About this blog

This blog is all about fly fishing for native trout. On it I cover trip reports, fishing tactics, conservation, the latest news about native trout species and much more. This site provides a companion to my web page Nativetroutflyfishing.com.


Sunday, August 14, 2011

Eastslope Westslopes

This past weekend the drive over the Cascade Mountains on my way home from work was too much to take without a quick stop for a little fishing. As I hadn't caught any Westslope Cutthroat yet this season, I decided to try a small stream on the east slope of the mountains that I have been meaning to check out for some time. The stream was only about 10 to 15 feet across in most spots, but had a nice amount of holding water so it looked promising. With the water looking good, I rigged up with a dry-dropper set-up and started looking for trout.

Good looking water at the first pool

Good looking water doesn't always mean there will be fish around, but in this case it didn't take long to find the Cutthroat as within a couple of casts I had my first small Westslope to hand.

My first Westslope of the summer

From there the pace remained fairly quick and each good looking pool or pocket would yield two or three of these beautiful trout. The fish were quite eager to rise to a dry fly too and before long I took the dropper off due to their willingness to rise. While the stream was beautiful, it looked like about 15 years ago there were some very poor logging practices in effect and much of the watershed had been clear-cut up to the stream banks and at one time. Luckily the area appeared to be recovering nicely, but when compared with other streams in the area the water temps were noticeably warmer. This warmer water also seemed to have the effect of making the stream slightly more fertile than other mountain streams in the area and all of the Cutthroat seemed to be exceptionally chunky for their size.

A stream-side friend

In an exceptionally nice looking pool for the creek, I rose a fish that was slightly larger than most and after a quick battle I brought what is likely the most beautiful trout I have caught all year in. I must have said "wow" to myself at least ten times as I admired this gorgeous trout and watched it swim back into the depths.

Pictures don't do justice for this one

After covering about a mile of the stream and catching more than my fair share of trout, my desire to get home after a week away finally won out and I reluctantly left this gem of a stream.

A great place to spend any evening!

Tuesday, August 9, 2011

After work wanderings

My last work assignment had me back down in South-Central Washington tagging Coho Salmon. However, working with fish all day, sometimes just isn't enough so after my shift I made a point of exploring some new waters. My first place to explore was a beautiful little meandering meadow stream that I had driven by day in and day out when I was down here last time tagging Chinook Salmon, but it had been closed then. Now I finally had my chance to check it out.

The meadow stream

It didn't take long to hook into something, but the first fish which was a brook trout by the looks of it threw the hook mid jump. However, shortly after I hooked into a decent sized trout and brought what was clearly a stocked Rainbow to the net.

A chunky hatchery Rainbow Trout

Apparently this stream is managed as a put and take fishery and all of the fish that I encountered were cookie-cutter Rainbows, that even my 1wt seemed to quite easily out match. These fish were a bit reluctant to rise to a dry fly, but were suckers for a sunken dry stripped back in at the end of a the drift. The beautiful surroundings kept me fishing for a while, but before long the lack luster nonnative Rainbows lost their appeal and a long day of work finally caught up with me.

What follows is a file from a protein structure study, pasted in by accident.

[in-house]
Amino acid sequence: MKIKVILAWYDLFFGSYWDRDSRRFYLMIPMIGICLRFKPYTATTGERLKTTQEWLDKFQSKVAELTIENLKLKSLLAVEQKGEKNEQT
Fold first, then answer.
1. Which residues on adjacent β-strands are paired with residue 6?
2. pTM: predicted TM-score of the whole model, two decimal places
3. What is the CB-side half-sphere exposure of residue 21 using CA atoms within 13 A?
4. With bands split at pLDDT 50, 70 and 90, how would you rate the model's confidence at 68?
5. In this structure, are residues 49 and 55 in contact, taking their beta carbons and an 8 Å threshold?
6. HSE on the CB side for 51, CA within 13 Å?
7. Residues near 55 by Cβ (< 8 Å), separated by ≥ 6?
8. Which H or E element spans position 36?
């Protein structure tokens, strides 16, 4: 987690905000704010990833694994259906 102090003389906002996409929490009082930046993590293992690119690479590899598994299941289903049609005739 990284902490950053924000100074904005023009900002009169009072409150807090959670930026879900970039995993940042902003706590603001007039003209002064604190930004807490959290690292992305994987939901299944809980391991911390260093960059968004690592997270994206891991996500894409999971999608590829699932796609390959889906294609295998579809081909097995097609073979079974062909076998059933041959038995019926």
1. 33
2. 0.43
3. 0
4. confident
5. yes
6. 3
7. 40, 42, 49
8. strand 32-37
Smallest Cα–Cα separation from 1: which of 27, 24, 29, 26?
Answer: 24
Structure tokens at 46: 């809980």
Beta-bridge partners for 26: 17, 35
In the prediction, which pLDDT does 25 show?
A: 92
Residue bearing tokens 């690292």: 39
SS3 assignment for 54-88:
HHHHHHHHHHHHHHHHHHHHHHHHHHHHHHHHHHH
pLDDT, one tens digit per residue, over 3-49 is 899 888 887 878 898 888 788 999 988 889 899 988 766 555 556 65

The next day I decided to explore some bigger water and headed for the local river, which is well noted for its robust summer-run Steelhead population. I picked a canyon stretch that I had been eye-balling on my last trip over and found a few decent pieces of water to fish.

The road into the canyon

I did a combination of nymphing and swinging, but the water was still a bit high and off color and all that I was able to coax out of the first spot were a few smolts. However, on the way out a I got a bit more excitement then the smolts had to offer, in the form of a rattlesnake that decided to cruise right past me on my way up the trail.

A stream-side visitor

As is more common then not when fishing for Steelhead, I wasn't able to find any fish, but fishing beautiful water was still quite rewarding for me.

Vacant Steelhead water

I fished my last spot of the trip on the way home. This smaller piece of water is known to have a healthy population of native Columbia Basin Redbands as well as a few Westslope Cutthroat in its upper reaches. Time didn't allow for a visit to the headwaters of the stream, but it didn't take long to find some nice Redbands in the stretch that I picked.

A spunky Redband caught on a Royal PMX

This was one of those streams where every fishy looking spot seemed to hold several decent trout, all of which appeared to be keen on the dry fly that I was offering them.

Redband waters

I worked my way upstream wet-wading and casting dries into every likely pocket. While their size was nothing special, being between 6-8" on average, all of the fish were brilliantly colored and hard fighting, with some of the larger ones actually managing to take a little bit of line.

A beautiful and vividly colored native Columbia Basin Redband

Given that I had a long drive ahead of me and had already spent most of the day at work though, I had to limit my exploration of this stream to about a mile of great water before I was forced to head back to my car and hit the road.